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Arisaema Enthusiast Group (AEG) Discussion List (and other= Arisaema Enthusiast Group (AEG) Discussion List (and other=
Thu Mar 7 21:50:26 CET 2002

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From: "P.Bruggeman" <pbruggeman at WISH.NET>
Subject: hybridization and conservation
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Dear all,

Whether one is in favour of hybrization or not, in terms of conservation =I
really hope people are not starting to hybridize with rare species before
sufficient numbers of that species are in cultivation to allow for such
experiments. I would much more appreciate it if people would do their bes=t
to propagate rare species before they let themselves go with hybridizatio=n
experiments. As a matter of fact, I think that this is what Wilbert was
talking about in his reaction to the intended cross between A. cordatum a=nd
a Typhonium species.

Preserving the genes of a rare species in hybrids is in my point of view =NOT
the way to go. I certainly don't think that there is ever a situation whe=re
it seems hybrids are the only way to preserve genes. Tissue culture is a
much better way to achieve this. If one wants to preserve genes, what
purpose would it have to preserve the genes in a hybrid if the species is
lost? Certainly if that species is A. cordatum!

Despite what some hybridizers in the current thread hope to achieve, I ha=ve
yet to see a Arisaema-hybrid that is better looking than the parents. The
fact that many genera like daylilies or Iris seem highly suitable for
hybridization doesn't necessarily mean that Arisaema are! I do admit that
some man-made Arisaema-hybrids have some ornamental value but most hybrid=s
only seem to be valuable additions for the compost heap, certainly the on=es
between quite distinct species. However, I can understand it if one wants=to
"improve" a species by crossing various forms of that species to get even
more variants of that species (colour, shape of the spathe). Thanks to th=e
current imports from China, certainly species like candidissimum and
franchetianum seem to be highly suitable for this. Triphyllum too for tha=t

I do however have my doubts whether it's possible to cross Arisaema for t=he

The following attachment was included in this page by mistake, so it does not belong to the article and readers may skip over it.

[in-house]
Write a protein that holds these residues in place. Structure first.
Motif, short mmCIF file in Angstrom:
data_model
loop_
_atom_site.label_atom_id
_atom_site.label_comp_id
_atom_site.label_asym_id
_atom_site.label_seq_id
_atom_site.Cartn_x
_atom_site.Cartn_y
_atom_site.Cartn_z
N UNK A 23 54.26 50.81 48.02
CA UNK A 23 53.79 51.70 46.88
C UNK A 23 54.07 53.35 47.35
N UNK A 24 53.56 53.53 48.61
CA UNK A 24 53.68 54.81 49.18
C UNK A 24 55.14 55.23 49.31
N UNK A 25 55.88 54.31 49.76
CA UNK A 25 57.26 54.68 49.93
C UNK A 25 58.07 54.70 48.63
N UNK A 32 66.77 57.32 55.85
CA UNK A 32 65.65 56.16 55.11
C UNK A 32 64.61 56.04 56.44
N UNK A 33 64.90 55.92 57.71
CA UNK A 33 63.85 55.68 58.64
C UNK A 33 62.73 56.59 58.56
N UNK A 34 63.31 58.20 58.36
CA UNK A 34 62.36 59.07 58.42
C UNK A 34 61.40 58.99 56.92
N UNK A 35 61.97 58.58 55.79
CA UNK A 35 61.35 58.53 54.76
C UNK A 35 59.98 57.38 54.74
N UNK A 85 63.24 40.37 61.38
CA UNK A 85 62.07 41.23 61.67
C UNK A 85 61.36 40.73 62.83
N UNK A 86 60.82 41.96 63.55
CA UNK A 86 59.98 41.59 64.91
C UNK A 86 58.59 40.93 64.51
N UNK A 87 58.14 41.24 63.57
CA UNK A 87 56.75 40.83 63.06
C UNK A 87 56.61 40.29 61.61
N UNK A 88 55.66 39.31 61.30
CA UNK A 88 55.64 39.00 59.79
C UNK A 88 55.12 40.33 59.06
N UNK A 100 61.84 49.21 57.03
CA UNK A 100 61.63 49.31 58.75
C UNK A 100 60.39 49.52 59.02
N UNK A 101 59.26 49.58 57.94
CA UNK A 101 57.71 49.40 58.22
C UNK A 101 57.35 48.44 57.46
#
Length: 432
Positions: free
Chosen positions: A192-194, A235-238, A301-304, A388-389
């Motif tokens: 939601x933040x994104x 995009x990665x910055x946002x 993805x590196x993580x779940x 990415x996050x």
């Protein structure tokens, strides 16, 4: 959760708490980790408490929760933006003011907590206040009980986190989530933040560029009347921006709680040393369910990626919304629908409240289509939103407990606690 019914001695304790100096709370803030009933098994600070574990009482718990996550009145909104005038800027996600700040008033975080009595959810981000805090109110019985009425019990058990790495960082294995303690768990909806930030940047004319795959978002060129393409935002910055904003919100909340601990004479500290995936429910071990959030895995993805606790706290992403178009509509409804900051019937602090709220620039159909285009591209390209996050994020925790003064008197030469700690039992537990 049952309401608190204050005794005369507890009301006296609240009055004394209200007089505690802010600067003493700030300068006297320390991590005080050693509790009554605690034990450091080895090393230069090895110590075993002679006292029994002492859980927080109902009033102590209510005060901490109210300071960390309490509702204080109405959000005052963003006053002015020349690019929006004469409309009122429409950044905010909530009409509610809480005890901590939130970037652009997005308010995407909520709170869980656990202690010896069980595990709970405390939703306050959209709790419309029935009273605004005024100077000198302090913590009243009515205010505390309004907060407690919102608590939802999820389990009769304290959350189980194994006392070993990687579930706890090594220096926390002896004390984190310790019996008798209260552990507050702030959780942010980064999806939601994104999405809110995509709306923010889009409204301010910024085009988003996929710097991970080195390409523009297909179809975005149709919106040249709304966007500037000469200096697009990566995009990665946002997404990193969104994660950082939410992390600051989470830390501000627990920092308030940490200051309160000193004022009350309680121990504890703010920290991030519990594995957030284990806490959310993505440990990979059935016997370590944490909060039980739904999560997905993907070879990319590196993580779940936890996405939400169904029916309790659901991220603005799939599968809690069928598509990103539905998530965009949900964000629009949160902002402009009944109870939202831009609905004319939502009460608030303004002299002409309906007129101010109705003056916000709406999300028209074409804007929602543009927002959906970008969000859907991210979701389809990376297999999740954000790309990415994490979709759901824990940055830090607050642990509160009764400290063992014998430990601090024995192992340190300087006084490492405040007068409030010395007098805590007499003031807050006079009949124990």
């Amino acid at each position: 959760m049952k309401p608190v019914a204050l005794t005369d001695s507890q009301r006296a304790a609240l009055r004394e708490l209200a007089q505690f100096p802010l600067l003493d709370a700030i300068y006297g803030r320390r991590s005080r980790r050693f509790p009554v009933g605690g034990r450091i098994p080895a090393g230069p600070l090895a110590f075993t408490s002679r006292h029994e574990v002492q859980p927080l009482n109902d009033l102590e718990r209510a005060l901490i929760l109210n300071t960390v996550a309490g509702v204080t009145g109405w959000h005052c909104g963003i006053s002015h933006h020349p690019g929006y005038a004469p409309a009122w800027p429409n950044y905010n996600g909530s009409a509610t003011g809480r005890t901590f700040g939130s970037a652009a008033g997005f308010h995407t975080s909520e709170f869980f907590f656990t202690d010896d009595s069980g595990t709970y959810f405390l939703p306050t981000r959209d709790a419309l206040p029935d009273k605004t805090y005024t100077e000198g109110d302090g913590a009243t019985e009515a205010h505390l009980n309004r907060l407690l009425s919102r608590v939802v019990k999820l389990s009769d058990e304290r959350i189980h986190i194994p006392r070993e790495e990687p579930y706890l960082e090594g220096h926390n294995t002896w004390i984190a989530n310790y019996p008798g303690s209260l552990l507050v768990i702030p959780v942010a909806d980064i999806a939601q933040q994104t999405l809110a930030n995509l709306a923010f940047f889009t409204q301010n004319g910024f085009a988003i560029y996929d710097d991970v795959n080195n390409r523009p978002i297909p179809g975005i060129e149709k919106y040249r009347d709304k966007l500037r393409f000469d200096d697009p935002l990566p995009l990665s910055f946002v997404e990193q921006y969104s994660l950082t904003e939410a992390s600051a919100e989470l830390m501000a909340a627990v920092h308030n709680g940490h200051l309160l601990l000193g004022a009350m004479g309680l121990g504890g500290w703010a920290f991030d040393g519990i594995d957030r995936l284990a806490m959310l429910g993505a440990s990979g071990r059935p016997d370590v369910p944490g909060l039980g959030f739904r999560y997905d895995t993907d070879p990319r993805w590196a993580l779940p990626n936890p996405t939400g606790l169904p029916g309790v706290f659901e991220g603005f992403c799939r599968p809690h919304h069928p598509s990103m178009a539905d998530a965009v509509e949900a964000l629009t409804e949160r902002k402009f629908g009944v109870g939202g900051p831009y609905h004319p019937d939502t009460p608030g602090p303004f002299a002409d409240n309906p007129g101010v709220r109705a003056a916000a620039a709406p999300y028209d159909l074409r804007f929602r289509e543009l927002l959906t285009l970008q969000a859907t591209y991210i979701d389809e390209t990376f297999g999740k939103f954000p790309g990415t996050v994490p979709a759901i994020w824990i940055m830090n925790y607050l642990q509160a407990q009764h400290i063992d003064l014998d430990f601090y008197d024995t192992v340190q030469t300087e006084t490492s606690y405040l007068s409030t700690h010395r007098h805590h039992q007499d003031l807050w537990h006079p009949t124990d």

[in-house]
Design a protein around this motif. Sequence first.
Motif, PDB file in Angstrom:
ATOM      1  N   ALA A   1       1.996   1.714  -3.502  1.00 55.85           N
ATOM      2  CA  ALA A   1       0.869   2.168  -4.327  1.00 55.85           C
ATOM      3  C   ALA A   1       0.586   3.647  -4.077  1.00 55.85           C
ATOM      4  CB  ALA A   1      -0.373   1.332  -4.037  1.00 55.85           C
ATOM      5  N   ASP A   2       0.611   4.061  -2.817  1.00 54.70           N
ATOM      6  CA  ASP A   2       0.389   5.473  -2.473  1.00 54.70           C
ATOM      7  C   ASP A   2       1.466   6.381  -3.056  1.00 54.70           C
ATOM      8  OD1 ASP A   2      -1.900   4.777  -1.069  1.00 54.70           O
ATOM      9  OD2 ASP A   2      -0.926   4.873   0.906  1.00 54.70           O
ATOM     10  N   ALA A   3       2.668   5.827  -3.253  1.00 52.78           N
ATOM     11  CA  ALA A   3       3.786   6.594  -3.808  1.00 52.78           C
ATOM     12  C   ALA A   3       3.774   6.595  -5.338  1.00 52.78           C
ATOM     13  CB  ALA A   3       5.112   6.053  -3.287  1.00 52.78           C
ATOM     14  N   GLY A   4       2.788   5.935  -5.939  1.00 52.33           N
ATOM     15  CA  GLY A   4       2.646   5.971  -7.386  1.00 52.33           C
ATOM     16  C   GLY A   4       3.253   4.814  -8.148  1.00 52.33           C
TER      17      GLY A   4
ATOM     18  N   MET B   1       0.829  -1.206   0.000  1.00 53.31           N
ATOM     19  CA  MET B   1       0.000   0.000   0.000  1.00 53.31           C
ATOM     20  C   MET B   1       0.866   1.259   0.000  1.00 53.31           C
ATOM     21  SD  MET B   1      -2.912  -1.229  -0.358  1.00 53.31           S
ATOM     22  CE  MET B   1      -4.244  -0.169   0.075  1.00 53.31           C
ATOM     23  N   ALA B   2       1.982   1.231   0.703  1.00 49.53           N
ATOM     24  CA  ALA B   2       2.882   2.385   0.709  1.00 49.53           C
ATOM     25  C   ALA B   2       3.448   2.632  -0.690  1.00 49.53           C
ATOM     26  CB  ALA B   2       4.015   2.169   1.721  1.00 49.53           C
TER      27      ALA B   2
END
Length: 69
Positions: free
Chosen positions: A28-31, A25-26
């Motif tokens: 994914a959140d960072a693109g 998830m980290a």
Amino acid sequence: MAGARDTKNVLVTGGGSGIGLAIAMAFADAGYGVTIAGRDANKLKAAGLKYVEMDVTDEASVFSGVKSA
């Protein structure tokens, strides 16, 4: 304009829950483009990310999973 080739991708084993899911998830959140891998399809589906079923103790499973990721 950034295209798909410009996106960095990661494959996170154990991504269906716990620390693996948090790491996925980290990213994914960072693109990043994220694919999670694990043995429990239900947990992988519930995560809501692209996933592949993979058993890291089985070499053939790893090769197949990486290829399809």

purpose of improving the hardiness (or heat- or droughtresistency for tha=t
matter) of a SPECIES. At best, one can cross 2 species to get a similar
looking, hardy plant UNLESS there is a hardy, less appealing form of the
attractive species in question with which to cross. Even then, one has to
hope the off-spring of the 2 forms inherets the best of both parents,
attractive AND cold-hardy but I can't think of any species for which ther=e
is such a need (or are not all forms of triphyllum cold-hardy?).

I am not saying that the cross between 2 species to get a cold-hardy and =yet
atractive hybrid (if that was the purpose of that cross) is not possible,=it
certainly is. It's just that, based on the hybrids in existence thus far,=it
seems that to achieve such a hybrid one has to have plenty of time, space=, a
good plan, patience and a VERY big compost heap .... In my point of view
such a proces is beyond the scope of the average AEG-member and seems mor=e a
thing for a big nursery and they don't want to spent all the money anyway
because the market seems to be too small for Arisaema. Hybridizing for th=e
purpose of exploring all possibilities would be a matter of having even m=ore
time, patience, space and an ENORMOUS compost heap wouldn't it? The genus
Arisaema consists of some 150+ members and I don't even want to talk abou=t
all the variants....

To come back to the intended cross between Arisaema cordatum and a Typhon=ium
species, I can imagine that Petra only had a male plant in flower of
cordatum at that particular moment and she didn't want to waste the polle=n.
I did however manage to preserve pollen of Arisaema for 2 months in the
fridge and used it succesfully to pollinate female plants that flowered 2
months later. Did you (or anybody else for that matter) ever tried to
conserve pollen Petra? Has anybody any idea how long pollen stays "alive"=in
controlled conditions and if so, what should those conditions be? Not onl=y
for the conservation of rare species would this be of interest but also f=or
those who want to cross species that don't flower at the same time. Anybo=dy
any idea? One thing I know, pollen in water starts to mould after 3

I can't blame anybody who wants to give it go with Arisaema-hybridization
but please document the crosses well and try to keep the hybrids away fro=m
the species. The people who are doing their best to identify species have=a
hard job already...


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